Today's best mortgage and refinance rates: Friday, January 15, 2021

Mortgage rates have decreased overall since last Friday, and some refinance rates have also gone down. If you're ready to apply for a mortgage, you'll probably want a fixed-rate mortgage rather than an adjustable-rate mortgage.

Mat Ishbia, CEO of United Wholesale Mortgage, told Insider fixed-rate mortgages are usually better than ARMs these days.

ARM rates used to start lower than fixed rates for the first few years, and there was a chance your rate could decrease later. But Ishbia said fixed rates are lower than adjustable rates right now, so you probably want to lock in a low rate while you can.

The best mortgage rates for Friday, January 15, 2021

Mortgage typeAverage rate todayAverage rate last week
15-year fixed2.38%2.39%
30-year fixed3.17%3.30%
7/1 ARM4.19%4.35%
10/1 ARM4.25%4.38%

Rates from Ad Practitioners LLC.

Mortgage rates have dropped since last Friday, although 15-year fixed rates have only gone down by one basis point.

Remember that these are the national average rates for conventional mortgages, which are what you probably think of as "regular mortgages." If you get a government-backed mortgages through the FHA, VA, or USDA, rates could look a little different.

In general, mortgage rate are at all-time lows. Low rates are usually a sign of a struggling economy. Mortgage rates will probably stay low as the US continues to grapple with the COVID-19 pandemic.

The best refinance rates for Friday, January 15, 2021

Mortgage typeAverage rate todayAverage rate last week
15-year fixed2.64%2.72%
30-year fixed3.68%3.57%
7/1 ARM4.57%4.73%
10/1 ARM4.53%4.50%

Rates from Ad Practitioners LLC.

The 30-year fixed and 10/1 ARM refinance rates have decreased since last Friday. The 15-year fixed and 7/1 ARM refinance rates have increased a bit, but they're still low overall.

How 15-year fixed rates work

With a 15-year fixed term, you'll pay down your mortgage over 15 years and pay the same rate the whole time.

You'll pay a lower rate on a 15-year mortgage than on a 30-year mortgage. Between the lower rates and paying off the loan in a shorter amount of time, you'll pay less on a 15-year mortgage over the years.

Your monthly payments will be higher on a 15-year mortgage than on a 30-year mortgage, though. You're paying off the same principal amount in half the time, so you'll pay more each month.

How 30-year fixed rates work

A 30-year fixed-rate mortgage locks in your rate for 30 years.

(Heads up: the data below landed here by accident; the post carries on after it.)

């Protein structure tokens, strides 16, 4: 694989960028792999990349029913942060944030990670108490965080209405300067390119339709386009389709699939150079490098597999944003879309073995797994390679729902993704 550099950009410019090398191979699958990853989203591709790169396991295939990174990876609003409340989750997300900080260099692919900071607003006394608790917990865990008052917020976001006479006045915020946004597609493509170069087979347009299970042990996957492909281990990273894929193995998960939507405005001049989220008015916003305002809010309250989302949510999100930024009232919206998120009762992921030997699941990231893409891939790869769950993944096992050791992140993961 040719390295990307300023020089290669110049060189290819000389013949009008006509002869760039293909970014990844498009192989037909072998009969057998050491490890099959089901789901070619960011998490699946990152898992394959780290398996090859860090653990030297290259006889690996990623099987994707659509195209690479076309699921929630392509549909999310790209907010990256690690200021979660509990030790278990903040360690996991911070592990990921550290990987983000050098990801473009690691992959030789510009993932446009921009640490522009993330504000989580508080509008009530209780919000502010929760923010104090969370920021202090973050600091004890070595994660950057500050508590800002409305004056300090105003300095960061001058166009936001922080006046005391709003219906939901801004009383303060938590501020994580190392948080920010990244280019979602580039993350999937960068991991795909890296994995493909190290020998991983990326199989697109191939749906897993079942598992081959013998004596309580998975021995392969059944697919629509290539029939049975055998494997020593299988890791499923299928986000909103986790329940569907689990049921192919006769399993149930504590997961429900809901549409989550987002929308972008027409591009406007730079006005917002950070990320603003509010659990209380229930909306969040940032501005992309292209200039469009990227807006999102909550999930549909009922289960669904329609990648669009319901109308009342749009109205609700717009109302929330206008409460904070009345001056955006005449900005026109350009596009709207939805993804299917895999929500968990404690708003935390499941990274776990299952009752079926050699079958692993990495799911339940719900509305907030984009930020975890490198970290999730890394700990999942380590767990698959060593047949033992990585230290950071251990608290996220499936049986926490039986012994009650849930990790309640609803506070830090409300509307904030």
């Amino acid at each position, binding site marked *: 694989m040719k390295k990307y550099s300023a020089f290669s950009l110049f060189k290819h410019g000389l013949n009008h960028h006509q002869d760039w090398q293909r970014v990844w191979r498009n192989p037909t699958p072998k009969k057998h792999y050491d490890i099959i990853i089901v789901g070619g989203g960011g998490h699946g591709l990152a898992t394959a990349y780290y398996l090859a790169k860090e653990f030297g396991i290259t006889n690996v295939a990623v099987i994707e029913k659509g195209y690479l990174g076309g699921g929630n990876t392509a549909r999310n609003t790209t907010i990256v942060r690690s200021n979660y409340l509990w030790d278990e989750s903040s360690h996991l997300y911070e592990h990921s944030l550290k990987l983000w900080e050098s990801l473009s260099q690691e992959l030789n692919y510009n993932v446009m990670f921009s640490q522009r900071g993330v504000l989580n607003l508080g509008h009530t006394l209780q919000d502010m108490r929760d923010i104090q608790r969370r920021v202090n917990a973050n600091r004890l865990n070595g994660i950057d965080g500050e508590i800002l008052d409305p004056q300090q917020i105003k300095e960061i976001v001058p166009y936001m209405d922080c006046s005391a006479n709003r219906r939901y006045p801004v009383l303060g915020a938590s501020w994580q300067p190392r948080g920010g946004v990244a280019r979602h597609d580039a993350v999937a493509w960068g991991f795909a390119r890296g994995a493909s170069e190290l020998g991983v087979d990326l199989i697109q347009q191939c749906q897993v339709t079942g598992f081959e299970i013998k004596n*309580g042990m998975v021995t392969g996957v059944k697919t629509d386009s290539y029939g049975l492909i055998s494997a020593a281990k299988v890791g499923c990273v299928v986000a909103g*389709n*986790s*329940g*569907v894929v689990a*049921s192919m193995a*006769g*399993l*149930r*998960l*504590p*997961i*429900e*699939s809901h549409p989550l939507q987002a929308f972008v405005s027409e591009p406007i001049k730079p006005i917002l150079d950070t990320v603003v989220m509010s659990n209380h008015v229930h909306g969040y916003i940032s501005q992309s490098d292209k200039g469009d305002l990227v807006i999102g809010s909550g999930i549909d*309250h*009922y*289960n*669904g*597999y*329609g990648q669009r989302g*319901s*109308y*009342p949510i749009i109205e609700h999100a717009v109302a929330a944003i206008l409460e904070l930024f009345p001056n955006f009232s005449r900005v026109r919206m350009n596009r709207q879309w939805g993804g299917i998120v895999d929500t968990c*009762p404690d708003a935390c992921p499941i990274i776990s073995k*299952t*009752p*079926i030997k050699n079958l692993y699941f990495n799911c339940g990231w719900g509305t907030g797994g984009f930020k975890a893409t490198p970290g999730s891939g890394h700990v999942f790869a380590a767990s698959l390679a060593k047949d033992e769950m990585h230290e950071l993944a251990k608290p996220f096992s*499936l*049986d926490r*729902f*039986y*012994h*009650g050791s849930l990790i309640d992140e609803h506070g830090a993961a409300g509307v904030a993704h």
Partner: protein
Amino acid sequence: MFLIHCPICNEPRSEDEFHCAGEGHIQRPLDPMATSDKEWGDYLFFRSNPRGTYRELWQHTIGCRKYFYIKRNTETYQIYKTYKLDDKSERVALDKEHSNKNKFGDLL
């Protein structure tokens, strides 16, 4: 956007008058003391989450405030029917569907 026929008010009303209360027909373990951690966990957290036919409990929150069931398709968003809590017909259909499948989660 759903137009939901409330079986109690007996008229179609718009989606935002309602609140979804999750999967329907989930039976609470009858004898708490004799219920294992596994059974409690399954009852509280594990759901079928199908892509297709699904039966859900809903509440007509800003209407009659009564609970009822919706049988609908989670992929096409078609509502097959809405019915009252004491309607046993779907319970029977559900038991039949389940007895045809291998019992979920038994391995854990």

A 30-year fixed mortgage charges a higher rate than a fixed-rate mortgage with a shorter term. For a long time, 30-year fixed rates were also higher than adjustable rates, but 30-year fixed mortgages are actually the better deal right now.

You'll pay more in interest with a 30-year term than you would for a 15-year term, because a) the interest rate is higher, and b) you'll be paying interest for longer.

You'll make higher monthly payments on a 30-year term than on a shorter term, because you're spreading out payments over a longer period of time.

How adjustable rates work

With an adjustable-rate mortgage, your rate is locked in for the first few years. Then the rate changes periodically.

A 7/1 ARM keeps your rate the same for the first seven years, then changes it annually. A 10/1 ARM keeps your rate the same for the first decade, then alters it once per year. Some lenders offer ARMs that change your rate more or less often, like six months or five years.

ARM rates are low right now, but fixed-rate mortgages are still the better deal. Fixed rates are starting lower than ARM rates, and because rates are at all-time lows, you may want to lock in a good rate rather than risk an increase later.

If you're considering an ARM, you should still ask your lender about what your individual rates would be if you chose a fixed-rate versus adjustable-rate mortgage.

Ways to get the lowest mortgage rate possible

It may be a good time to get a mortgage, but if you aren't ready quite yet, you should have plenty of time to get a good interest rate. Mortgage rates should stay low well into 2021, so you don't necessarily have to rush to snag a low rate.

To get the lowest mortgage rate possible, consider working to improve your finances. Here are some tips for landing a good mortgage rate:

  • Boost your credit score. Making all your payments on time is the most important part of boosting your score, but you can also pay down debts and let your credit age. You may want to request a copy of your credit report to review your report for any errors.
  • Save more for a down payment. Depending on which type of home loan you get, you may not even need a down payment to get a mortgage. But lenders typically offer better rates to people who have bigger down payments. Because rates should stay low for a while, you probably have time to save more.
  • Lower your debt-to-income ratio. Your DTI ratio is the amount you pay toward debts each month, divided by your gross monthly income. Many lenders want to see a DTI ratio of 36% or less, but the lower your ratio, the lower your rate should be. To improve your ratio, pay down debts or consider opportunities to increase your income.

If your finances are in a good place, you could lock in a low mortgage rate today. But if not, you have plenty of time to make improvements to get a better rate.

Laura Grace Tarpley is the associate editor of banking and mortgages at Personal Finance Insider, covering mortgages, refinancing, bank accounts, and bank reviews.

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